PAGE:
Cognitive Behavioural Therapy

CBT_1920x640

Sam came in highly nervous to attend his first therapy session. He was distressed and stated his doctor wanted him to have Cognitive Behavioral Therapy  (CBT) for his depression, anger, and  anxiety.  Sam feverently  added, “I don’t have a million dollars to spend on therapy and don’t want to be in here for the rest of my life.”

Sam was informed that CBT is a form of psychotherapy that emphasizes the important role of thinking about how we feel and what we do. CBT is based on the idea that our thoughts cause our feelings and behaviors, not external things, like people, situations, and events. The benefit of this fact is that we can change the way we think,  to feel / act better even if the situation does not change.

CBT is based on the scientifically supported assumption that most emotional and behavioral reactions are learned.  Therefore, the goal of therapy is to help clients unlearn their unwanted reactions and to learn a new way of reacting.  Many therapists who utilize CBT also ensure that they are understanding the dynamics of the clients family of origin, personal history, relationships, communication style when upset, and medical history. These factors are important for the therapist and client, in order to gain a detailed and more accurate basis for the foundation of negative thinking and painful emotions.

CBT is considered among the most effective and rapid therapies in terms of results obtained.  What enables CBT to be briefer is its highly instructive nature and the fact that it makes use of homework assignments.  CBT is time-limited in that we help clients understand at the very beginning of the therapy process that there will be a point when the formal therapy will end.  The ending of the formal therapy is a decision made by the therapist and client.  Therefore, CBT is not an open-ended, never-ending process. That is not to say that people may not come back periodically.

Cognitive-behavioral therapists believe it is important to have a good, trusting relationship with their therapist but that is not enough.  CBT therapists believe that clients change because they learn how to think differently and they act on that learning.  Therefore, CBT therapists focus on teaching rational self-counseling skills.

CBT does not tell people how they should feel. The fact is we feel what we feel.  However, most people seeking therapy do not want to feel the way they have been feeling. Our feelings however are closely tied in with the thoughts that we begin to generate ( most of us are never aware that we have these thoughts prior to the feelings of fear, anger, anxiety, shame, depression, inferiority, etc).

In therapy Sam was able to acknowledge that his depression, anger, and anxiety comes from certain thoughts.” I know what they are thinking about me.” (MIND READING). “This always happens to me” (OVER GENERALIZING). I should be more outgoing, smarter, everything other than I am.  (SHOULDS). “If I try to make a change something terrible will happen”. (CATASTROPHIZING). What if I try to change and x, y, and z happens?  Thus, Sam has 2 problems. The situation he is confronting and how he has assigned a personal significant meaning to it.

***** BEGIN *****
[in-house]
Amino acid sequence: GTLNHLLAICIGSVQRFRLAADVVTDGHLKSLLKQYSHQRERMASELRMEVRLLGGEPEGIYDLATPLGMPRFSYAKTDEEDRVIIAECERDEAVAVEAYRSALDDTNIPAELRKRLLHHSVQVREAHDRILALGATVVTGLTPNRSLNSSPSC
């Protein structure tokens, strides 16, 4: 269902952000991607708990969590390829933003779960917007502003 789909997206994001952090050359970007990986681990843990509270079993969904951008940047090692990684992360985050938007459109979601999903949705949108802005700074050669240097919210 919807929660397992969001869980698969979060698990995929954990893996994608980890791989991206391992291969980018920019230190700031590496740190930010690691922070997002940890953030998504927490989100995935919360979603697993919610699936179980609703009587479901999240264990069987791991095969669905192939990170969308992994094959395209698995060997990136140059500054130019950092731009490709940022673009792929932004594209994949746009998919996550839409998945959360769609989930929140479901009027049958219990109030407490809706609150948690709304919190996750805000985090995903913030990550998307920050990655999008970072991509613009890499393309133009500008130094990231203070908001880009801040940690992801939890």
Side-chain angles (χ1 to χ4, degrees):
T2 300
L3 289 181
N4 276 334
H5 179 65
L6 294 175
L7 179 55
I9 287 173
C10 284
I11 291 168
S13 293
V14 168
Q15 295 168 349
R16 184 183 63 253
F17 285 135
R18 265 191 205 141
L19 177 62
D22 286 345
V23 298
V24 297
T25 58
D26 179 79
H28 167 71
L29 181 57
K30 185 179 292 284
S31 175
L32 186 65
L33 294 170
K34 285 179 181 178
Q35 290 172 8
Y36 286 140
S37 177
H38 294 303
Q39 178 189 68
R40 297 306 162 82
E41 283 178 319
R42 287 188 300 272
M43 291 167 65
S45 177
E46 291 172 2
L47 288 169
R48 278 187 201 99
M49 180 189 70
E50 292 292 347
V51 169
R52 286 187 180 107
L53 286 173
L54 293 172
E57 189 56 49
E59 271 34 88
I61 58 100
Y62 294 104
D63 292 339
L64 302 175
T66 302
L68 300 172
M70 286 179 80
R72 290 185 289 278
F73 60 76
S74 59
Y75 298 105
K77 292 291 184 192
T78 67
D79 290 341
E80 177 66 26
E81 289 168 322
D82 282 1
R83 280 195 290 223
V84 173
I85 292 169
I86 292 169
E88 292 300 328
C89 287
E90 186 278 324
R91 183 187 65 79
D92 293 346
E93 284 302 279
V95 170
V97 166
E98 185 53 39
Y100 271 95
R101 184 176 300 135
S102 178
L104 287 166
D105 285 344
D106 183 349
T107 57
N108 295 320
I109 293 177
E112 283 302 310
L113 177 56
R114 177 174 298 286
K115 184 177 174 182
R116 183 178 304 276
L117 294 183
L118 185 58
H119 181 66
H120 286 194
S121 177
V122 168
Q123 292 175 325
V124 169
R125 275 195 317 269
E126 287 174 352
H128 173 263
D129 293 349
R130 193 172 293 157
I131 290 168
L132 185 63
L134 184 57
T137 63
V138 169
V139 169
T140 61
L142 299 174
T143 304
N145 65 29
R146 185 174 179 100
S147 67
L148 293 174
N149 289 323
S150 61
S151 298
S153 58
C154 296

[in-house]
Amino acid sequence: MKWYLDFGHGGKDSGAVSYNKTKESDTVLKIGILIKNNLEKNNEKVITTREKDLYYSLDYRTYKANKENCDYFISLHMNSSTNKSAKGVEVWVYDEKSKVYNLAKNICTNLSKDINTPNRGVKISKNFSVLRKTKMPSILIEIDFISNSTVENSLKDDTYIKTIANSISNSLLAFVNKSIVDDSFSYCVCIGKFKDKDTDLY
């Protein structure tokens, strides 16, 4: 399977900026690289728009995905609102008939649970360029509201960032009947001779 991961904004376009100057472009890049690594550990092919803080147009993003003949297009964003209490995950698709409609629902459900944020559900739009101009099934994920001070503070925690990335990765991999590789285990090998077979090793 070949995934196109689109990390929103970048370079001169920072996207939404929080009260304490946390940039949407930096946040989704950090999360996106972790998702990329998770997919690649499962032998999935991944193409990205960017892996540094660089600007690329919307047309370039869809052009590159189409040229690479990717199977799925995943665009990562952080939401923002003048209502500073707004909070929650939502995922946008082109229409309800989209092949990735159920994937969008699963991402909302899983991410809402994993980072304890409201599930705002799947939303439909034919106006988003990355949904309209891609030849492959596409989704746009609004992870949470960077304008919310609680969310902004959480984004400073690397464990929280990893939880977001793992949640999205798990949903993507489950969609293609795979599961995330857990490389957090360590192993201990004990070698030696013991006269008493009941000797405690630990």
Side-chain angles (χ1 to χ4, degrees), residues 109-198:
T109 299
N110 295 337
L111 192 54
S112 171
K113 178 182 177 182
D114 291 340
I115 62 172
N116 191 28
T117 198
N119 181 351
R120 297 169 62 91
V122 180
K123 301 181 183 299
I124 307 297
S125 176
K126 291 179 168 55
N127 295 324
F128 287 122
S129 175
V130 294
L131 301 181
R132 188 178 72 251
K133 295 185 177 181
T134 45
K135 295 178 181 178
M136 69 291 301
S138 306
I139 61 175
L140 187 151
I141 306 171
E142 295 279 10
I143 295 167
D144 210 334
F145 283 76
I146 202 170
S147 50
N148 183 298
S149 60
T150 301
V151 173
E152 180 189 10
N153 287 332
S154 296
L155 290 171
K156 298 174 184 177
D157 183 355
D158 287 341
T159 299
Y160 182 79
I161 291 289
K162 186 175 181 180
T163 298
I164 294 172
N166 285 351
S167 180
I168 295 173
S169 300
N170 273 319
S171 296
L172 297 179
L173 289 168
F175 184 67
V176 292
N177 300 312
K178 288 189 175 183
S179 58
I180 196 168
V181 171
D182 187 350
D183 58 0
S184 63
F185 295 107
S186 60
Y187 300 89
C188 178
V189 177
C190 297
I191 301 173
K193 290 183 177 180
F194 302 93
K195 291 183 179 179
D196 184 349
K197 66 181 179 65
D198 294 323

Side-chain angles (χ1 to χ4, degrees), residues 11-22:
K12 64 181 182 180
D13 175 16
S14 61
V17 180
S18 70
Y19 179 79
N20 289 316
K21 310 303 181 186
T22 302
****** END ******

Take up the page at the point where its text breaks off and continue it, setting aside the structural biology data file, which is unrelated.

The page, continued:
Cognitive-behavioral therapists want to gain a very good understanding of their clients’ concerns.  That’s why they often ask questions.  They also encourage their clients to ask questions of themselves, like, “How do I really know that those people are laughing at me?”  “Could they be laughing about something else?”, “What is the evidence for this thought?”

Cognitive-behavioral therapists have a specific agenda for each session. Specific techniques / concepts are taught during each session.  CBT focuses on the client’s goals.  We do not tell our clients what their goals “should” be, or what they “should” tolerate.  We are directive in the sense that we show our clients how to think and behave in ways to obtain what they want. CBT therapists do not tell their clients what to do but how to do it.

CBT teaches you how to question your situation and thoughts and move in a direction that is healthy for you and those around you.

When  we learn how to more calmly accept a personal problem, not only do we feel better, but we usually put ourselves in a better position to make use of our intelligence, empathy, knowledge, energy, and resources to resolve the problem.

If you or a loved one suffers from depression or anxiety please ask your family physician for a referral for CBT or you can make an appointment directly through our office.

 

Posted in Depression, Personal Growth, Stress & Anxiety, Therapy.
Cognitive Behavioural Therapy

Maureen Chapman

Maureen offers an environment in which rapport, safety, empathy and trust are instilled to assist her clients in addressing their personal life challenges.

Her areas of interest include depression, anxiety, communication breakdown, assertiveness skills, self-esteem, personal growth, family of origin issues, health anxiety and the development of emotional intimacy. She has a special interest in assisting individuals and families impacted by emotional dysregulation, high sensitivity, introversion, narcissim and borderline personality traits.

Maureen’s therapeutic approach is eclectic and dependent on the client’s situation and goals. Techniques may include Cognitive Behavioural, modified Dialectical Behavioural, Emotionally Focused, Systems, and Adlerian therapy.

Prior to obtaining her Master of Arts in Counselling Psychology from the Adler School of Professional Psychology in Chicago, Maureen was a research assistant with the U.B.C. Mood DIsorders Clinic and a volunteer with the RCMP Victim Services.

Maureen is married with 3 adult children.

Maureen is also a member of the British Columbia Association of Clinical Counsellors and the Canadian Counselling and Psychotherapy Association.